Planing weekend

  • December 22, 2006
  • Japan

A while back, I had the opportunity to work as an interpreter for the biannual (not biennial) 削ろう会(Kezuro-kai) . Now, when you hear planing, I’m sure that you’re first thinking that I said “planning” or something to do with “planes”. The “plane” I mean is the woodworkers tool which has a blade set in a flat surface, and is used to make the surface of an area smooth by shaving very thin layers of wood off it.

Hmm, doesn’t sound exciting does it? But you’d be surprised if you came to this event. I must admit that in the beginning I didn’t know what to expect, and one I was there, I could clearly say that this has been probably the most culturally and historically (in a being in Japan sense) interesting thing I’ve done since I’ve been here in Japan. A competition between carpenters and woodworkers, to see how refined they are with their planes. The main competition is to see how thin and long of a wood shaving you could create. I can’t remember the exact length of the wood, but each wood shaving is on average over 1.5 meters, possibly even 2 meters. And the top level planners can get their wood shaving as thin as 4/1000mm. That’s frick’n thin. So thin that you can pretty much see through’em and the whole thing feels like silk. And if you pull it parallel to the grain, it’s still pretty tough.

It was pretty amazing to see the carpenters at work. I must admit that pretty much everybody was a bloke. There was a small American contingent of students from Palomar College in California whom are studying Japanese carpentry and have come to this event to take part and also observe the architecture along with the actual construction of Japanese carpentry tools. The precision required to create such a thin layer of wood shavings is an art form in itself. The need to maintain a sharp blade, the need to keep it smooth, flat and straight. The physical need be able to pull and give enough pressure to maintain a consistent wood shaving. The various kinds of planes, and techniques used to create traditional Japanese wood work.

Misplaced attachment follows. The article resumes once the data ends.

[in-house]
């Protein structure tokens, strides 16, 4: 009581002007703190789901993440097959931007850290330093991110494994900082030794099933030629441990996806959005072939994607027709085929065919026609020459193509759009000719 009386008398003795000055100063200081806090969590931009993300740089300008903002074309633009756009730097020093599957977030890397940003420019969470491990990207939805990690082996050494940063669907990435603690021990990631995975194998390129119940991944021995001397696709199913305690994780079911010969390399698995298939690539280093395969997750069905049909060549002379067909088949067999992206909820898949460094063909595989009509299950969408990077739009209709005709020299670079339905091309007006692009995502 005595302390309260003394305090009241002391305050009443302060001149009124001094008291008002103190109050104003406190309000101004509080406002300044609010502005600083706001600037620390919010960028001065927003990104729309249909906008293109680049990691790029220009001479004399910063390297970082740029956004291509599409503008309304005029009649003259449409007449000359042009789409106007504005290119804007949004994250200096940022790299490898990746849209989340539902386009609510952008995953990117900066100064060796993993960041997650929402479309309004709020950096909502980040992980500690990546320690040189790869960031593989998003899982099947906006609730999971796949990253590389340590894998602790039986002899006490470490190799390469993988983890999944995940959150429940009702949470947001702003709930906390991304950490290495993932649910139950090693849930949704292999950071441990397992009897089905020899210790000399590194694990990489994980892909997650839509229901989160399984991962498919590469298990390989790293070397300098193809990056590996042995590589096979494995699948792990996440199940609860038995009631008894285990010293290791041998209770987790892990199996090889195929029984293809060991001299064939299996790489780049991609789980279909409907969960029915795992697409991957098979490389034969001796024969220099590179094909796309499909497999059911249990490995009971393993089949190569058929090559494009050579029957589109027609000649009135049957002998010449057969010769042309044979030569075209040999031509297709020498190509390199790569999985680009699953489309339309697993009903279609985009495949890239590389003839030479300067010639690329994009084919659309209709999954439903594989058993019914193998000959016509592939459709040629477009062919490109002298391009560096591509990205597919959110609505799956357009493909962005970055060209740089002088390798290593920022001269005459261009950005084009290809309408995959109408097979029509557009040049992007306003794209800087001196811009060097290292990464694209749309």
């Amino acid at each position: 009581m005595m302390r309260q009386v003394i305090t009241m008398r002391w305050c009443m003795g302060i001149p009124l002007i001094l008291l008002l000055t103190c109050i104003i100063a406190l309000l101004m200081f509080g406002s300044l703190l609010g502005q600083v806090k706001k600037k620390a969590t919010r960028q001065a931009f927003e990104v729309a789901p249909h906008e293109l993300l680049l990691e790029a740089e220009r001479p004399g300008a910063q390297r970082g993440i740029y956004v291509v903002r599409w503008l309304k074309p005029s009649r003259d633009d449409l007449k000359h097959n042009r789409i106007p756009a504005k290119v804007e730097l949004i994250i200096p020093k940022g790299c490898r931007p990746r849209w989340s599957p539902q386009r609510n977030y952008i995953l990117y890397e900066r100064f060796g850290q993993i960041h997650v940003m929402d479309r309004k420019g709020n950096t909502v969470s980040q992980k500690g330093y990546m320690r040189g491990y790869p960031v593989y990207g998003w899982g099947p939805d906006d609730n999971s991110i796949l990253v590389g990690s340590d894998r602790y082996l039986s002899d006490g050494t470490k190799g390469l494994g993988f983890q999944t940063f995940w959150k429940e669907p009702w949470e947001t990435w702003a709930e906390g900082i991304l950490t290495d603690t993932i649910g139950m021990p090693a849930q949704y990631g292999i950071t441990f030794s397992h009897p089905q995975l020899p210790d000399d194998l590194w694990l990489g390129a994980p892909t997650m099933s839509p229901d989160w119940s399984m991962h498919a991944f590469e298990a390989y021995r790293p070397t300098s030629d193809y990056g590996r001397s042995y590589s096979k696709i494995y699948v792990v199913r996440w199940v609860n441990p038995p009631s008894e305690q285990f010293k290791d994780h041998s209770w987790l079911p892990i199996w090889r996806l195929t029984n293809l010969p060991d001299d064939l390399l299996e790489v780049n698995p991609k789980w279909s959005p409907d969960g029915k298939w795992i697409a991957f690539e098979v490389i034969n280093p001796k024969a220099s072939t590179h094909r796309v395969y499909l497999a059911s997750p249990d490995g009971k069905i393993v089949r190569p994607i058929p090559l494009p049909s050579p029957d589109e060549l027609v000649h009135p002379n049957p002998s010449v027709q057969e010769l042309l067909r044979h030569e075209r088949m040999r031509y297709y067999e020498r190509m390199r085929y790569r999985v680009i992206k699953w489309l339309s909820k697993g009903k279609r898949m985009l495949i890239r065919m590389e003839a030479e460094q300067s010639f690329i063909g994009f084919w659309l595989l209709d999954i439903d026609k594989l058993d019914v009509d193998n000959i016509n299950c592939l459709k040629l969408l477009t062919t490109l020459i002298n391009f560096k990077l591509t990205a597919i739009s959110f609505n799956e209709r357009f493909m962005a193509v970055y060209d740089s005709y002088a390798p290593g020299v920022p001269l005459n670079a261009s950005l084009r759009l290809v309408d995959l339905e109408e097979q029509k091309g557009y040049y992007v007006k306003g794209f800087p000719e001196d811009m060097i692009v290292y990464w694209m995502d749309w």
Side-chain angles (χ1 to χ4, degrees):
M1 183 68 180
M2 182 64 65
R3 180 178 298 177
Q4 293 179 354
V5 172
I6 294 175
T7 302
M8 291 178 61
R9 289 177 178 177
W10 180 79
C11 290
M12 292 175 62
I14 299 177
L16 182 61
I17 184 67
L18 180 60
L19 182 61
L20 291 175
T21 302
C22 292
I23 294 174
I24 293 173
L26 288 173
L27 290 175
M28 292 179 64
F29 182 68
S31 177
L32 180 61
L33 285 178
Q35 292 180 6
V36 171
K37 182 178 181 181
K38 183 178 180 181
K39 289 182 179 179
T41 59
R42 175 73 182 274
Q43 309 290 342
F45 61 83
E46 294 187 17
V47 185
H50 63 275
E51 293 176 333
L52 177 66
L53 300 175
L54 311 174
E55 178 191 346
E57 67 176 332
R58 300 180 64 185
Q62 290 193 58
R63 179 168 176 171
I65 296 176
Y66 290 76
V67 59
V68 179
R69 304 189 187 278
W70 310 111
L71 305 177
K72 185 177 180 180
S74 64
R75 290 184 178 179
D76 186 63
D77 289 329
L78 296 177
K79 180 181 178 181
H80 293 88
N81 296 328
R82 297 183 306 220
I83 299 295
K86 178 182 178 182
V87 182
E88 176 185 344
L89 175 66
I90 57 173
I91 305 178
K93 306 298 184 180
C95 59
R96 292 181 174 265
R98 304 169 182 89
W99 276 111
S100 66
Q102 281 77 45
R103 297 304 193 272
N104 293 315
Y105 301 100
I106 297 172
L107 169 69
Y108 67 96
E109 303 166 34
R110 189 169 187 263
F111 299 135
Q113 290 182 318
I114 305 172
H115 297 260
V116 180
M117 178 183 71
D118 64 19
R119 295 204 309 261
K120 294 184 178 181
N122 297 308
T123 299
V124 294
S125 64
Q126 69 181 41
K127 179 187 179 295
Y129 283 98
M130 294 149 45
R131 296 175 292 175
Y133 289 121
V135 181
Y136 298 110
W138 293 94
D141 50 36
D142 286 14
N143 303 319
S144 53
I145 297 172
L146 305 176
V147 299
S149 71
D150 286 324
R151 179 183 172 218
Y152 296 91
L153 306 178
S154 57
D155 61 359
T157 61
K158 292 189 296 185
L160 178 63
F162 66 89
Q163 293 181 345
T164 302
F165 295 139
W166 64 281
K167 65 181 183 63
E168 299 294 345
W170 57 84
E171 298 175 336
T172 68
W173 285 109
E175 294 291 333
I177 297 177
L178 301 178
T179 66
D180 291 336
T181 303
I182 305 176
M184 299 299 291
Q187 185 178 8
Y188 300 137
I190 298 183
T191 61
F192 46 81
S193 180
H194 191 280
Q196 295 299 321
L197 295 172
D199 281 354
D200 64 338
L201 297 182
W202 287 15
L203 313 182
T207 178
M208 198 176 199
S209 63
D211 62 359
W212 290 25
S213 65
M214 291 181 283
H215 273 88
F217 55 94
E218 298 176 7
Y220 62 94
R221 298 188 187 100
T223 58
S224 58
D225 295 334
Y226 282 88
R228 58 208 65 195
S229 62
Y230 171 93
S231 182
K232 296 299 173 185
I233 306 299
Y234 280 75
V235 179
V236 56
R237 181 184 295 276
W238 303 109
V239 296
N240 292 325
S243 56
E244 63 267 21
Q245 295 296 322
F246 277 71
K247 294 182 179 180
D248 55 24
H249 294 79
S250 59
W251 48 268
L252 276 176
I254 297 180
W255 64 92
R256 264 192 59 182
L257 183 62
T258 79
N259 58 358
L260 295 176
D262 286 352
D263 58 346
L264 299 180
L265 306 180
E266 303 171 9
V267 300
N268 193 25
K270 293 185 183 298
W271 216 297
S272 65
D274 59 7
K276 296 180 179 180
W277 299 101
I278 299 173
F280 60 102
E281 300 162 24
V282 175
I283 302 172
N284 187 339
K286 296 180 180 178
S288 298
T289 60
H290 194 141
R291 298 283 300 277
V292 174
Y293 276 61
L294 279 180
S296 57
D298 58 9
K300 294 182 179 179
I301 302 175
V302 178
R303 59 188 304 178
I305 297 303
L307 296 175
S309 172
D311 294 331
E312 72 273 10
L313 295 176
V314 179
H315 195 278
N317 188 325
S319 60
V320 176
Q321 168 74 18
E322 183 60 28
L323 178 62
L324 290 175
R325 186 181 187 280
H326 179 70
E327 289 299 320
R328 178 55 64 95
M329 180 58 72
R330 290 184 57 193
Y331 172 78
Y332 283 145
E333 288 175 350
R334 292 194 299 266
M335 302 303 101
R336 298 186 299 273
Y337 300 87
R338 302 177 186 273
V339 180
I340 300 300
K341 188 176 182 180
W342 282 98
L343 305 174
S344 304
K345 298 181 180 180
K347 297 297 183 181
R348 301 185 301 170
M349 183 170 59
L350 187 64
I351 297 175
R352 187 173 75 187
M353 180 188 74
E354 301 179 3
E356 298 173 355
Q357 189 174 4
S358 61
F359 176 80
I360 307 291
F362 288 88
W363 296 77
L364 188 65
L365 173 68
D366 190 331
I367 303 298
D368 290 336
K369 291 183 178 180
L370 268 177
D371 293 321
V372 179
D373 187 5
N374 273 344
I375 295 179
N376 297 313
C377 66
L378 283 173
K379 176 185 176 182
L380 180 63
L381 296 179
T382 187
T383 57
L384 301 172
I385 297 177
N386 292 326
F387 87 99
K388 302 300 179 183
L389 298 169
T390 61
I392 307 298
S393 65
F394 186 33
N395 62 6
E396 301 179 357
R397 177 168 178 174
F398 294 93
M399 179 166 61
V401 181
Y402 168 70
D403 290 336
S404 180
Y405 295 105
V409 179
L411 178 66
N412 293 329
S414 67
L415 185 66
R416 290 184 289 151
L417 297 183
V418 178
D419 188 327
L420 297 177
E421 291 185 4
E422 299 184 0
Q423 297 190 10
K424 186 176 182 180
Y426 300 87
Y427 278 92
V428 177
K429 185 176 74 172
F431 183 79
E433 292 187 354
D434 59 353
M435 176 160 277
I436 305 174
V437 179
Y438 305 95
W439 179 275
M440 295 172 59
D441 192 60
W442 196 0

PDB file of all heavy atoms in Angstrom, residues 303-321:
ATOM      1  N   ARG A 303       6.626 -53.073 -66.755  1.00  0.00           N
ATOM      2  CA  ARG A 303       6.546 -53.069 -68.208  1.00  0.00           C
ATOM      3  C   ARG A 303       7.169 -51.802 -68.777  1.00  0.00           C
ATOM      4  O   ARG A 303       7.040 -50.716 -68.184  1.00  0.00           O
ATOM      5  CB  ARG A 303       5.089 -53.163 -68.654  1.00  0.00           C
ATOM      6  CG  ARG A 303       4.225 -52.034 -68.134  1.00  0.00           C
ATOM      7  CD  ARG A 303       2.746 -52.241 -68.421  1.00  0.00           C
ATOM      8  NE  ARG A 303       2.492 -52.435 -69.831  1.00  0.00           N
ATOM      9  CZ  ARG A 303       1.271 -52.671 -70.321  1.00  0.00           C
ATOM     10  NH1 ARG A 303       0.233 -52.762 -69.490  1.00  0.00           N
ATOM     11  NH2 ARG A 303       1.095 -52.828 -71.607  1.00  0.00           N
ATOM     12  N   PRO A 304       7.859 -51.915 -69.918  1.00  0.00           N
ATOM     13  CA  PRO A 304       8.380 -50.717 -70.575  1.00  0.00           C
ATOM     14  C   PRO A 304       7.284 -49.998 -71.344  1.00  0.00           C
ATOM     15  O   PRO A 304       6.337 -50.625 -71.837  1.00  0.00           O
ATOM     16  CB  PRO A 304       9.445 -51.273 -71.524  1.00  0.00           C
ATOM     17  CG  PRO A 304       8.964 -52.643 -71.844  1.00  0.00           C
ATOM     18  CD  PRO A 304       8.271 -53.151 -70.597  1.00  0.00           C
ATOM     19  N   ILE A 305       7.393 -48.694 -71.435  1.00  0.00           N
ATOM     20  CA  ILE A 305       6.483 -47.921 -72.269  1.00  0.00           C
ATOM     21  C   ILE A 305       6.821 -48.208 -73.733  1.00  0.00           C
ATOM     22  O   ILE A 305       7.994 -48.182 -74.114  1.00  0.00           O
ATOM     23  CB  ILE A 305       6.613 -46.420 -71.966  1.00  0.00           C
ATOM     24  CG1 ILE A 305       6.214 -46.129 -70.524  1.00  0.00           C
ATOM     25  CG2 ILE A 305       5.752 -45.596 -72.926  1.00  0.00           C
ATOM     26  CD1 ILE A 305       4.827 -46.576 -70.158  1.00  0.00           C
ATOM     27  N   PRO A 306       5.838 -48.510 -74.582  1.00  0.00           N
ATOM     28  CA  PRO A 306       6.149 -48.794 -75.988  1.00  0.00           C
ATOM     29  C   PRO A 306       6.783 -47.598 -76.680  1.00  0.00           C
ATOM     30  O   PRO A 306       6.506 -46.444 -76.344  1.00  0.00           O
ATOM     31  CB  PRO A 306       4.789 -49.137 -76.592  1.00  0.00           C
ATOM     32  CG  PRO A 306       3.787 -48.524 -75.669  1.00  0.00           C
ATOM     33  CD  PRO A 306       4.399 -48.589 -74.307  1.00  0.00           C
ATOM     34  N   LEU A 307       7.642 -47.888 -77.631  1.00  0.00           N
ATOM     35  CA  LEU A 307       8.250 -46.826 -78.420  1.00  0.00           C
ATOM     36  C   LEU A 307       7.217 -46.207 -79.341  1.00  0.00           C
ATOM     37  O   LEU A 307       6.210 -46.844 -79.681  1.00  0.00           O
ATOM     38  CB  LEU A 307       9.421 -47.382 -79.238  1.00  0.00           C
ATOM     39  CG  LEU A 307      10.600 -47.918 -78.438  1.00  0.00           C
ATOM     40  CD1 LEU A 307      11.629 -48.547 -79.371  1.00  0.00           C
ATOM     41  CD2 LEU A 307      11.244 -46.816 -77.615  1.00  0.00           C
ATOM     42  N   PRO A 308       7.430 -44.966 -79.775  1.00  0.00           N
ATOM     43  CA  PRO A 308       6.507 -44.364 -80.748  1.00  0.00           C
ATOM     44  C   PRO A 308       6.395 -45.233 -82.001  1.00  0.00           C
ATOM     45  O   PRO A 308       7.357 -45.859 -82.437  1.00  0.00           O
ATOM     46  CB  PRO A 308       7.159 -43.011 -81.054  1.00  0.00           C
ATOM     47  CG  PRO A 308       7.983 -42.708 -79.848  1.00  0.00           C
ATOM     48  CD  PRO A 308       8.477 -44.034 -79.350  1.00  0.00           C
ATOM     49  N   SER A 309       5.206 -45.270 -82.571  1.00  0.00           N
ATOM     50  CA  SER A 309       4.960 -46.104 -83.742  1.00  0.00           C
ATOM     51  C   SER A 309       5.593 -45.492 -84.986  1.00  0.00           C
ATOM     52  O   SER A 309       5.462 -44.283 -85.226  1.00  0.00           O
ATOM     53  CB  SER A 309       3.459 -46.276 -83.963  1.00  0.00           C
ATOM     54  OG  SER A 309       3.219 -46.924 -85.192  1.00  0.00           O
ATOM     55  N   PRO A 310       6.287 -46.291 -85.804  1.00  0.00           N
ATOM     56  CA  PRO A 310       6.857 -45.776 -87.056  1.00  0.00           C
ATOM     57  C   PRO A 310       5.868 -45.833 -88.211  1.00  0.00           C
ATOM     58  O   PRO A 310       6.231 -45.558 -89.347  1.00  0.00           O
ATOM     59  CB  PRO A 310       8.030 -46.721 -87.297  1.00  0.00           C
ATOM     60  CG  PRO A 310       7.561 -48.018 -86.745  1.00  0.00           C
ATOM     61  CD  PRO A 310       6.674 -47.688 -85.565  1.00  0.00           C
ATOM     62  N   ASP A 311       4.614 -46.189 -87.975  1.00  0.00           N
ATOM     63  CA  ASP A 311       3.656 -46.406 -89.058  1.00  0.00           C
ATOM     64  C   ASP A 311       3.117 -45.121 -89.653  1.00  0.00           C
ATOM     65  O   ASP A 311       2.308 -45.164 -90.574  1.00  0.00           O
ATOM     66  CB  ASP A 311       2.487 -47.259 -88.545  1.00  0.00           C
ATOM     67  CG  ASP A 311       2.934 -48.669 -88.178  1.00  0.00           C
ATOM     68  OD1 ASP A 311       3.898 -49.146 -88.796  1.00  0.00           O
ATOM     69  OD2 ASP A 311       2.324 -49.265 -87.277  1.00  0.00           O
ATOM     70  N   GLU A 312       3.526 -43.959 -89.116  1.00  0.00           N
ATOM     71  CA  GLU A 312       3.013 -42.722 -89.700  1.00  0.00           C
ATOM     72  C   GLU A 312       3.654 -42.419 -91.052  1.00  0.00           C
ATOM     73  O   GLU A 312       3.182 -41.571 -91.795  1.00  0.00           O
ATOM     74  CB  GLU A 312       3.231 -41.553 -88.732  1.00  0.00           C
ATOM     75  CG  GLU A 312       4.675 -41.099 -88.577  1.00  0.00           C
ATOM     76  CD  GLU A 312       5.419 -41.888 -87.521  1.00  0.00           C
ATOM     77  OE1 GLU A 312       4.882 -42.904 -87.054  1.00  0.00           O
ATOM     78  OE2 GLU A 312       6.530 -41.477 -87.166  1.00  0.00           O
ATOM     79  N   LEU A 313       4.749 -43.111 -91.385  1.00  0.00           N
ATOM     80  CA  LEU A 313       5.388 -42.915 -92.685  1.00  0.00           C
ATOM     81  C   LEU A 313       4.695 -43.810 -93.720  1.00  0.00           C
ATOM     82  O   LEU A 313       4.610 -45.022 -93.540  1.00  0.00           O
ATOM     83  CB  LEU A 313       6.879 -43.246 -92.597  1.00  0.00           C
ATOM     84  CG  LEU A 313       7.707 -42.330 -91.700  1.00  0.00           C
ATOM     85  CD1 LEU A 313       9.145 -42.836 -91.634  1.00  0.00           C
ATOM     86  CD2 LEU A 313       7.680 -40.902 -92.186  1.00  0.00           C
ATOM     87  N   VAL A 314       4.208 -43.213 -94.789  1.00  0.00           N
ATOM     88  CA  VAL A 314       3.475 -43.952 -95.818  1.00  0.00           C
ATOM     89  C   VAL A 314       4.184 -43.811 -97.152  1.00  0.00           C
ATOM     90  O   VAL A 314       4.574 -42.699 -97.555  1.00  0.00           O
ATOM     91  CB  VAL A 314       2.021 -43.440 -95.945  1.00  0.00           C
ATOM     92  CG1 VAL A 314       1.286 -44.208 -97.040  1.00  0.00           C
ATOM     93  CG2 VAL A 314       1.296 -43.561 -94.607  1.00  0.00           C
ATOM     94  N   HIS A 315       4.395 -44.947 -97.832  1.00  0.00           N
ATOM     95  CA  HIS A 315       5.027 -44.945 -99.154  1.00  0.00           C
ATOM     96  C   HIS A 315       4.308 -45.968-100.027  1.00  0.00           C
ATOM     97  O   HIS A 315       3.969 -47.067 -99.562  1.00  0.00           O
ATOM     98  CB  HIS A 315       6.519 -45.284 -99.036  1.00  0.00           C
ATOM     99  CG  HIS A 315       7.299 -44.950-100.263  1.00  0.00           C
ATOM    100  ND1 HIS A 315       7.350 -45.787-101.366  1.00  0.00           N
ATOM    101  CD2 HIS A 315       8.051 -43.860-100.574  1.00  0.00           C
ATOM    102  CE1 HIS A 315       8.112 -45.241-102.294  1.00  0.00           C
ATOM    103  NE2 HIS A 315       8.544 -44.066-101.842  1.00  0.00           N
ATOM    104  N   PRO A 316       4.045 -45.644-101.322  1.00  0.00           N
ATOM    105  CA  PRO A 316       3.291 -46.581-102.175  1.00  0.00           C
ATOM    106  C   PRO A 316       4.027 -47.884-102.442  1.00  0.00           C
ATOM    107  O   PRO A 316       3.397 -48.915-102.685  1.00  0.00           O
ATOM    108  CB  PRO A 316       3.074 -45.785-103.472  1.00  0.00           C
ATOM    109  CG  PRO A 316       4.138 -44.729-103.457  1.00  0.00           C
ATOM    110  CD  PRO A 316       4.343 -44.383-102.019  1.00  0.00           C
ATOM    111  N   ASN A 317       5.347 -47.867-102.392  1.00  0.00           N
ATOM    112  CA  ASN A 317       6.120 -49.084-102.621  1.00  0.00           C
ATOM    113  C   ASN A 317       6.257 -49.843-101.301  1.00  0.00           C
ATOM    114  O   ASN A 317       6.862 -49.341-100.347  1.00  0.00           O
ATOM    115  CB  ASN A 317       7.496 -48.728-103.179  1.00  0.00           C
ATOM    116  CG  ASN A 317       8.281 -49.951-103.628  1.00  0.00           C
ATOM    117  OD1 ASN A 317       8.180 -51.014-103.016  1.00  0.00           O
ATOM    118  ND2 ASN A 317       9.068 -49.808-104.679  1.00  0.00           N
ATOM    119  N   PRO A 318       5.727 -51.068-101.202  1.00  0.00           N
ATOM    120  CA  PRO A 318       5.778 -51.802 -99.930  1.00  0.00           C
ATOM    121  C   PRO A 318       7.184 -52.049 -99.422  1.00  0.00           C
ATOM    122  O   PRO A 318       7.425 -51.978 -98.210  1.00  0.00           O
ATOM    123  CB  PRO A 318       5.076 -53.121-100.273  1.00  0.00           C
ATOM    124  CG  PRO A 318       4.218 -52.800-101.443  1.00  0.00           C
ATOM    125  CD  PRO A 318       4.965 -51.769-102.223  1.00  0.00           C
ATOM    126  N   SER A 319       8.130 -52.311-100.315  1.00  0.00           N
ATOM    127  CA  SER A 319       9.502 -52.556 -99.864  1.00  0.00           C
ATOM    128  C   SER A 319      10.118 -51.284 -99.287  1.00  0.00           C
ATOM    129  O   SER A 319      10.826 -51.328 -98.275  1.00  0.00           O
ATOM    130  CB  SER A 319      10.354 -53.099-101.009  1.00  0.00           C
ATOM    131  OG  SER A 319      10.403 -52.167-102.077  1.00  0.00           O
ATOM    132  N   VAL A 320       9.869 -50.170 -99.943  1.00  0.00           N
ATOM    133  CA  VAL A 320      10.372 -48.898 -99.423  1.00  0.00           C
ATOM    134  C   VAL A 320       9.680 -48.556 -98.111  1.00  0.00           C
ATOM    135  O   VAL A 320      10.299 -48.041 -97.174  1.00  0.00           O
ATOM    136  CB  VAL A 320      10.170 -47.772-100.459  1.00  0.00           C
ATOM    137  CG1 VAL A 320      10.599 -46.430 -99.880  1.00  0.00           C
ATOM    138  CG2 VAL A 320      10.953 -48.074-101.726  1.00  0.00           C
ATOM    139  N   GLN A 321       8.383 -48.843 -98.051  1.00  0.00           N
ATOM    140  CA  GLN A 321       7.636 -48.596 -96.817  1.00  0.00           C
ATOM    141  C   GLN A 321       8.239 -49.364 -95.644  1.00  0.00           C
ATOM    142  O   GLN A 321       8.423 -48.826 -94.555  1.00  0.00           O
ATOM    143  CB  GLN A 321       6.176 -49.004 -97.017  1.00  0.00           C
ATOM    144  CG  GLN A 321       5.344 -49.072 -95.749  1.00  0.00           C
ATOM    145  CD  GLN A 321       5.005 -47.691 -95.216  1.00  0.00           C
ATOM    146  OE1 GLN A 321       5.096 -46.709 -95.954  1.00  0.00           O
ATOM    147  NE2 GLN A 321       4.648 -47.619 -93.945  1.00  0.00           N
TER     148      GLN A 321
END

What I found to be the most interesting part of it all is that the whole difference in the “push and pull” aspect of carpentry. I know now that you’re probably scratching your head now, trying to figure out what the frick’n hell I’m talking about. Well, here’s the thing. With a traditional European wood plane, you have a handle to hold, and a ball at the front and you push against the wood to plane it. Whereas here in Japan, you simply have a wood block, and you pull to plane. Same thing with a saw. With a western saw, you cut the wood when you push down on it, but in Japan you actually cut through the wood when you pull up. There you go, another difference in culture can even be displayed with carpentry tools. Do you push? or do you pull?

Frick’n thin layers of wood shavings
Japanese wood saw being sharpened
making sure that the plane flat. Yup, you even shave the actual plane once in a while to keep it flat and smooth. The important piece is the blade. You can always make a new block.
Old method: Used after an adze for more details

Difference kind of woodshavings created by the spear plane. 槍鉋(yari-kanna)Making a flower out of the wood shavings
Using an adze to shape lumber
The blade is an important aspect of a carpenter
You can only shapen a blade up to how good your natural whetstone isMost planes are smal, but there are pretty funky big ones as well
I also had the opportunity to make my own traditional Japanese nail 和釘(wakugi)
Decorations created by an adze